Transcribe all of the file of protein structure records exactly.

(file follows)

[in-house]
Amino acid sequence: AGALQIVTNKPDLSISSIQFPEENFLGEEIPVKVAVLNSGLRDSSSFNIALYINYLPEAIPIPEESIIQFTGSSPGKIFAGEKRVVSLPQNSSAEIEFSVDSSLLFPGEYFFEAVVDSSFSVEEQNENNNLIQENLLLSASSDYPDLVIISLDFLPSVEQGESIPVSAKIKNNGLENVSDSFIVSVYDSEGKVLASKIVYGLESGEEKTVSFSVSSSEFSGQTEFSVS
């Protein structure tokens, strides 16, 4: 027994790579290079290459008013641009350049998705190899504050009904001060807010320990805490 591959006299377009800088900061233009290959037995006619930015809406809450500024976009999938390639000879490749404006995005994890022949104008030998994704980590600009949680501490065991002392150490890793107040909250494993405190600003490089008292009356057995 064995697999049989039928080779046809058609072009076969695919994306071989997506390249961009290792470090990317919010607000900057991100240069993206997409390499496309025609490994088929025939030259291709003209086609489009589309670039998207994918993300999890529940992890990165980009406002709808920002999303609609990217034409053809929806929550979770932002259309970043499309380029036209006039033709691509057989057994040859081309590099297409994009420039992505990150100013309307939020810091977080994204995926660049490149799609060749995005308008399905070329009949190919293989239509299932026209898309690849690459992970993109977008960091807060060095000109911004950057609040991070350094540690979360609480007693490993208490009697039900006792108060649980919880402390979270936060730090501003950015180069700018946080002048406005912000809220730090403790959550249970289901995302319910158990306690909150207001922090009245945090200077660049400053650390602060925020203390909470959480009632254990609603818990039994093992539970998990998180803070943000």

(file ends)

[in-house]
Amino acid sequence: AGALQIVTNKPDLSISSIQFPEENFLGEEIPVKVAVLNSGLRDSSSFNIALYINYLPEAIPIPEESIIQFTGSSPGKIFAGEKRVVSLPQNSSAEIEFSVDSSLLFPGEYFFEAVVDSSFSVEEQNENNNLIQENLLLSASSDYPDLVIISLDFLPSVEQGESIPVSAKIKNNGLENVSDSFIVSVYDSEGKVLASKIVYGLESGEEKTVSFSVSSSEFSGQTEFSVS
């Protein structure tokens, strides 16, 4: 027994790579290079290459008013641009350049998705190899504050009904001060807010320990805490 591959006299377009800088900061233009290959037995006619930015809406809450500024976009999938390639000879490749404006995005994890022949104008030998994704980590600009949680501490065991002392150490890793107040909250494993405190600003490089008292009356057995 064995697999049989039928080779046809058609072009076969695919994306071989997506390249961009290792470090990317919010607000900057991100240069993206997409390499496309025609490994088929025939030259291709003209086609489009589309670039998207994918993300999890529940992890990165980009406002709808920002999303609609990217034409053809929806929550979770932002259309970043499309380029036209006039033709691509057989057994040859081309590099297409994009420039992505990150100013309307939020810091977080994204995926660049490149799609060749995005308008399905070329009949190919293989239509299932026209898309690849690459992970993109977008960091807060060095000109911004950057609040991070350094540690979360609480007693490993208490009697039900006792108060649980919880402390979270936060730090501003950015180069700018946080002048406005912000809220730090403790959550249970289901995302319910158990306690909150207001922090009245945090200077660049400053650390602060925020203390909470959480009632254990609603818990039994093992539970998990998180803070943000």